Steve had booked scuba diving for 2pm so we set out early to visit Xaghra (pronounced Sha-ra) on the way there, so I could visit the Ggantija Temples – the earliest of Malta’s Megalithic temples. First thing we did there, however, was to find a pharmacy and buy some emergency hair bobbles — I hadn’t brought any and in the Maltese heat, having long hair falling on your neck and back is unbearable!
In our search for lunch, we had our first experience of a Gozitan-village supermarket. Basically, it’s pandemonium. The aisles are the width of a single person and the queue for the till stretched right down the central aisle (of three). Eventually we managed to reach under, over and between people (it’s ok, their own behaviour indicated they had no qualms about personal space) to get what we wanted, then queue and pay for it, stuffing it into Steve’s backpack (like many shops in Malta, they didn’t offer carrier bags – they did offer boxes, but who wants to carry a heavy cardboard box down the street?) For a quick stop to grab a snack, it sure took a long time.
Filled up with marble cakes and cereal bars, we proceeded to follow the signs to (widely advertised) tourist attraction Nino’s Cave until we arrived, inexplicably it seemed, at someone’s front door. We peered in and an old man walking through the house turned around and saw us. Worried that we’d been caught peering into some poor old guy’s house, we were readying ourselves to walk away when the man, without a word of English, beckoned us into his hallway. We followed him past his family in the kitchen through to a little door that led into a dark hole, into which he motioned we should go. Under normal circumstances, I suspect that blindly following a stranger’s orders to go through a door in their kitchen and down into a dark underground hole would be giving yourself as hostage to a maniac, however this is Gozo — where it seems impossible to know what to expect, except for the goodheartedness of the locals.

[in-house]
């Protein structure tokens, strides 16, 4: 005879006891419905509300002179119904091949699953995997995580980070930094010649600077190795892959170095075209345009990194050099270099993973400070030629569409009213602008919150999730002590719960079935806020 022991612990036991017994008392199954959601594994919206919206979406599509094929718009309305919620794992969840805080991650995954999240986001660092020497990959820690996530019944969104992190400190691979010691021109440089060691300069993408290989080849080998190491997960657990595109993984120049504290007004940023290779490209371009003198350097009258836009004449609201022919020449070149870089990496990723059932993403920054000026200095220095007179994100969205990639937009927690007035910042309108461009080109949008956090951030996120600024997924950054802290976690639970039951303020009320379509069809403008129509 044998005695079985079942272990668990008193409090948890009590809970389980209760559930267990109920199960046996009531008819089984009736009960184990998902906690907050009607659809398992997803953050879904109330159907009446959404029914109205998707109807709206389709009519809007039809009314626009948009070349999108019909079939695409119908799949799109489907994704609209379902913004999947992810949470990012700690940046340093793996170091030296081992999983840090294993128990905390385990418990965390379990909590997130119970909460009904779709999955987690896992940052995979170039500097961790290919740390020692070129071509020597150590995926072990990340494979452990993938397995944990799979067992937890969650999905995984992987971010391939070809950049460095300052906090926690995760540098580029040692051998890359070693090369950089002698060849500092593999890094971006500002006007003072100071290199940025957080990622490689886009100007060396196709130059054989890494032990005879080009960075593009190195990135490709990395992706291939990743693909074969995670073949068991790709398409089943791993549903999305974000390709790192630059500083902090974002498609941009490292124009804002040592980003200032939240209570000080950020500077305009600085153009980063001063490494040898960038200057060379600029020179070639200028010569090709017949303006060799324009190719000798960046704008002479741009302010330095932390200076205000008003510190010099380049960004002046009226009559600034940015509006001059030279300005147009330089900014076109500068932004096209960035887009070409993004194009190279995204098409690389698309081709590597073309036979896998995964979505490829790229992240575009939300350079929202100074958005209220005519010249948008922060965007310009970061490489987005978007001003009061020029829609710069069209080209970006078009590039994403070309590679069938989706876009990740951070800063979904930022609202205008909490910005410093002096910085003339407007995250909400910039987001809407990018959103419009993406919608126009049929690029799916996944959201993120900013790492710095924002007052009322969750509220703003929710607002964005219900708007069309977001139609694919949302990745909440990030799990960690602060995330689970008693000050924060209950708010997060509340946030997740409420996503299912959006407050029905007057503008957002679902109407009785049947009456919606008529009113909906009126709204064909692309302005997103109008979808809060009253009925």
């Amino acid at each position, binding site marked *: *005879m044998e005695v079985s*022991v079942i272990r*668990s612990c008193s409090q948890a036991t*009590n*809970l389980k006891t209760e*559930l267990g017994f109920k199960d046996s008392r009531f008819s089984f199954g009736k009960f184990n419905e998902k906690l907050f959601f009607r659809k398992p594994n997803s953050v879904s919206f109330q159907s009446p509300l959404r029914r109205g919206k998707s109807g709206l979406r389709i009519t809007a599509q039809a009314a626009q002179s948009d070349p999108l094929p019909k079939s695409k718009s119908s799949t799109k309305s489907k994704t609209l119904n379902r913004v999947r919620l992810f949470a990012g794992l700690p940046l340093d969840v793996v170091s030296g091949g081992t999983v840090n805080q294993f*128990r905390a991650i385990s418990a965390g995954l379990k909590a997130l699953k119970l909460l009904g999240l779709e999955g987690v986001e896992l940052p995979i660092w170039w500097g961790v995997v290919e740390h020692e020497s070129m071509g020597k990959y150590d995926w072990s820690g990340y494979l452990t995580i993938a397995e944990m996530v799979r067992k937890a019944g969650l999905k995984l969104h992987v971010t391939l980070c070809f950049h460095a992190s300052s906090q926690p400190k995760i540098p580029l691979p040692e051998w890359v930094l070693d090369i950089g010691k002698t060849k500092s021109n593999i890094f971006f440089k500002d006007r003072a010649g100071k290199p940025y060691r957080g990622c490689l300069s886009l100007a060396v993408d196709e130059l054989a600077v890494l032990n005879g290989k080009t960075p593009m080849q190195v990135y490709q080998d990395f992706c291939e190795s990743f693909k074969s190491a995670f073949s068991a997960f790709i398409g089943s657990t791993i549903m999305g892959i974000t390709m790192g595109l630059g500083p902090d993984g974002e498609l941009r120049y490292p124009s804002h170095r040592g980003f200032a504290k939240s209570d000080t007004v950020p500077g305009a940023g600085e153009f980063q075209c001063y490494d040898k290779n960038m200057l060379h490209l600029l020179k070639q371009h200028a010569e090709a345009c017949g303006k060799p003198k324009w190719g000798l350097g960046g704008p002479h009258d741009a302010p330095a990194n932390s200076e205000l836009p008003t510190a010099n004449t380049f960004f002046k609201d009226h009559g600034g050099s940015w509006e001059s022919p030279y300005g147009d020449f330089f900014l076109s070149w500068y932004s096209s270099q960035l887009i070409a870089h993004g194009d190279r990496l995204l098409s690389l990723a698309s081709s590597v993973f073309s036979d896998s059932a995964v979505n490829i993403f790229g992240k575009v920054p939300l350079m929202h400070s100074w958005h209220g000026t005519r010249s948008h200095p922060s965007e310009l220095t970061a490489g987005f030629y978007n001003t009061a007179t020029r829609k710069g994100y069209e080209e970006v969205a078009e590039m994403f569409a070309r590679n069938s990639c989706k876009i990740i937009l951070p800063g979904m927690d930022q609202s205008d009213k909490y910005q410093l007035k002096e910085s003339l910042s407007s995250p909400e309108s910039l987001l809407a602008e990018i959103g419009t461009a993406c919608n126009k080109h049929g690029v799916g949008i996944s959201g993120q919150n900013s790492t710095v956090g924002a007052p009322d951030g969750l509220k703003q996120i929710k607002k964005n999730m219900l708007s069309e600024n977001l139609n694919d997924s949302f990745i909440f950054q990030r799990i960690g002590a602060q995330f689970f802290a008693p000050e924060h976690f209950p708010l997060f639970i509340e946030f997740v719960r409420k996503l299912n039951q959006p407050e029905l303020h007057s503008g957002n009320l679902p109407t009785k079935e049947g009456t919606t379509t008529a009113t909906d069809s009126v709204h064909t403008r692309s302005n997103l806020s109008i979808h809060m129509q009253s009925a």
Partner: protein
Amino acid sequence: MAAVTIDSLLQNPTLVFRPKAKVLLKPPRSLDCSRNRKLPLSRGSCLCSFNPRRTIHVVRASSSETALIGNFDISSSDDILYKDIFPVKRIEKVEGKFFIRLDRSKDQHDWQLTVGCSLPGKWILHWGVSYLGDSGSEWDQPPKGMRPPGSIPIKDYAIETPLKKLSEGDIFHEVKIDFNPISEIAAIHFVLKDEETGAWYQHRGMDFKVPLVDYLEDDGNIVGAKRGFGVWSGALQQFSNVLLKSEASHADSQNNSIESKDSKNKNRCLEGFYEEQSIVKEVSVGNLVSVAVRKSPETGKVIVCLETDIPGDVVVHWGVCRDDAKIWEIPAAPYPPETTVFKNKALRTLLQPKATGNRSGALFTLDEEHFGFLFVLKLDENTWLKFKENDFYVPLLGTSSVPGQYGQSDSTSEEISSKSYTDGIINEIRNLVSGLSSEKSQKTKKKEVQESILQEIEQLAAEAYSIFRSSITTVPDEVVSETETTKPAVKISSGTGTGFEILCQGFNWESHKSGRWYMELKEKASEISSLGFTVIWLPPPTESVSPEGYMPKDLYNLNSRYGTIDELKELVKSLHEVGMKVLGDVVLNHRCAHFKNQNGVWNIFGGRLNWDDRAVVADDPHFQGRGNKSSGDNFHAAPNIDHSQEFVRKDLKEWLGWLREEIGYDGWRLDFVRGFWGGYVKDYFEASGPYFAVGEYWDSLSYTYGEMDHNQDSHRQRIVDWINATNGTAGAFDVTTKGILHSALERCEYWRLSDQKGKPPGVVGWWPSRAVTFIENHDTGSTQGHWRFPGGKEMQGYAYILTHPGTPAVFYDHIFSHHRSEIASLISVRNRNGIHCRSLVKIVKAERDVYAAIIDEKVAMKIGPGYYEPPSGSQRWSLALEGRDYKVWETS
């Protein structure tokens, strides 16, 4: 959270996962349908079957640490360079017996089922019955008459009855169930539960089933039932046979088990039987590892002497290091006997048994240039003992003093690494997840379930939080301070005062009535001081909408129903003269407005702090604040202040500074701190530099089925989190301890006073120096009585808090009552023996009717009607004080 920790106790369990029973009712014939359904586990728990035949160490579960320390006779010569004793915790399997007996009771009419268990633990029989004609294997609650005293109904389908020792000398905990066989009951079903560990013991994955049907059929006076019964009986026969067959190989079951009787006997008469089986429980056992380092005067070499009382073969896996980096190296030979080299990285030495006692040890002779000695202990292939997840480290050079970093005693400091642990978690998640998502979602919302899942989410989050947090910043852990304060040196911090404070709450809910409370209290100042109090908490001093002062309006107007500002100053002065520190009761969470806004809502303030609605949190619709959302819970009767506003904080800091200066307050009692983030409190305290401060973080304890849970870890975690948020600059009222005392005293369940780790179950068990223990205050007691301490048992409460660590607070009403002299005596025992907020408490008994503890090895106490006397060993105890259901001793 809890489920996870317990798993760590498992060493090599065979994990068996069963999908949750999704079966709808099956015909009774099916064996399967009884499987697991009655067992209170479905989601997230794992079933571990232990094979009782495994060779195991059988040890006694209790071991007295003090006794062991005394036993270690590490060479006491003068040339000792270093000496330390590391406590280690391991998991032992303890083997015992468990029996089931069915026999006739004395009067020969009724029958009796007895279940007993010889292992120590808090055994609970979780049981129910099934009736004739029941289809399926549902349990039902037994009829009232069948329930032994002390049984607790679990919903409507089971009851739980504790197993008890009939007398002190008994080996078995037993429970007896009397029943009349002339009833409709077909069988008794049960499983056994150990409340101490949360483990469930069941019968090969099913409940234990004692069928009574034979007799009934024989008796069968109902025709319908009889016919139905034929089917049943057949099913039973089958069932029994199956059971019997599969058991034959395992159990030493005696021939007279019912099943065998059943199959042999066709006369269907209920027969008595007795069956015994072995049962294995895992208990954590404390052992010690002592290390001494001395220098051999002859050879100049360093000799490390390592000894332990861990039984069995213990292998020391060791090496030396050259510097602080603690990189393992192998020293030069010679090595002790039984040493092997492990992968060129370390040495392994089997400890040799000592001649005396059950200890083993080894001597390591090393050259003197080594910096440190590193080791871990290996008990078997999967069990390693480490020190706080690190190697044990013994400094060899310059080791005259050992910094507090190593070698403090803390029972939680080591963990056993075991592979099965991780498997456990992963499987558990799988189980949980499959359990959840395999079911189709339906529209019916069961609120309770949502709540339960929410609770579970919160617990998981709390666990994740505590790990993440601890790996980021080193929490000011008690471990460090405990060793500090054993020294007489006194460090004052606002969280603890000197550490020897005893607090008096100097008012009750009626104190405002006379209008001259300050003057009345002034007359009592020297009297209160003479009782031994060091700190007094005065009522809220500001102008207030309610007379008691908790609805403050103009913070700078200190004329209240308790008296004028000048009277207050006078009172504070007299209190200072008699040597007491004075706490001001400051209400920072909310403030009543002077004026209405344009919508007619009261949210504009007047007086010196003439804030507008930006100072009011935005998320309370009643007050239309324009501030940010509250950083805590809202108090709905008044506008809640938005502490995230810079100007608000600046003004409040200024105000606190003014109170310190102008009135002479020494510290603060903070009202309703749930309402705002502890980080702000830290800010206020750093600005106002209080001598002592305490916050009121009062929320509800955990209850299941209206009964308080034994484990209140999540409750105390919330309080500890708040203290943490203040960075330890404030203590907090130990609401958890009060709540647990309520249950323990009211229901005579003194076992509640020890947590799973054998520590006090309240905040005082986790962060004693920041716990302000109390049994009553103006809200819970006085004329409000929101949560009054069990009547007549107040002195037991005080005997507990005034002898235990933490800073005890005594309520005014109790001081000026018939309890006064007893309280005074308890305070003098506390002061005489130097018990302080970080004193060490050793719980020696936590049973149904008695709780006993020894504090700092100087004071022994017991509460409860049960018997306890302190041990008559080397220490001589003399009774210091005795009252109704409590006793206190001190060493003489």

Nino’s Cave was small but boasted impressive stalagmites and stalactites, albeit seen mostly through a wall of chickenwire. It was worth a visit though – if only for its quirky location under an Maltese family’s house.
We then tried, without success, to find Ta’Kola windmill, which you can visit on the same ticket as used to visit the Ggantija Temples. Instead, we wandered out of town, got a bit lost and found our way back through following the bus route. Thankfully the temples were much easier to find — there was no mistaking the sightseeing tour bus and the tourist mass that had just stepped off. Visiting the temples was worthwhile to see the impressive dry stonewalling the ancient people had achieved, as well as the strange, yellow, many-holed stones that made up these walls. We could enter the temples to see inside, which made it easier to try imagining the scenes that would have taken place there around 5,000 years ago. However, the slight scratchings on these ancient stones, made by visitors from the 1970s and upwards, not to mention the other tourists bustling around us, made such imaginings rather more difficult.
And so finally it was time to catch a bus to Marsalforn to grab a snack and take the plunge – for our first ever experience of scuba diving. I had a Superblob ice-cream, a simple yet brilliant invention of an ice-cream cone where the ice-cream has a crisp and nutty chocolate coating. And the scuba diving? Well it began with being sat down in front of Scuba Kings, so that the instructor could show and tell us how to do it. Cue a descriptive list of different ways that diving can kill you, followed by jokes that were almost just as frightening. And then came the medical forms — unable to lie when my life was at stake, I ticked the asthma box, in spite of not really suffering from it any more. This necessitated a call to the doctor, accompanied by the threat of forking out an extra 25 euros for an examination and paranoia over a looming underwater asthma attack. Thankfully, the doctor decided that if I hadn’t had an asthma attack in a year, then I would be fine. I wasn’t so sure.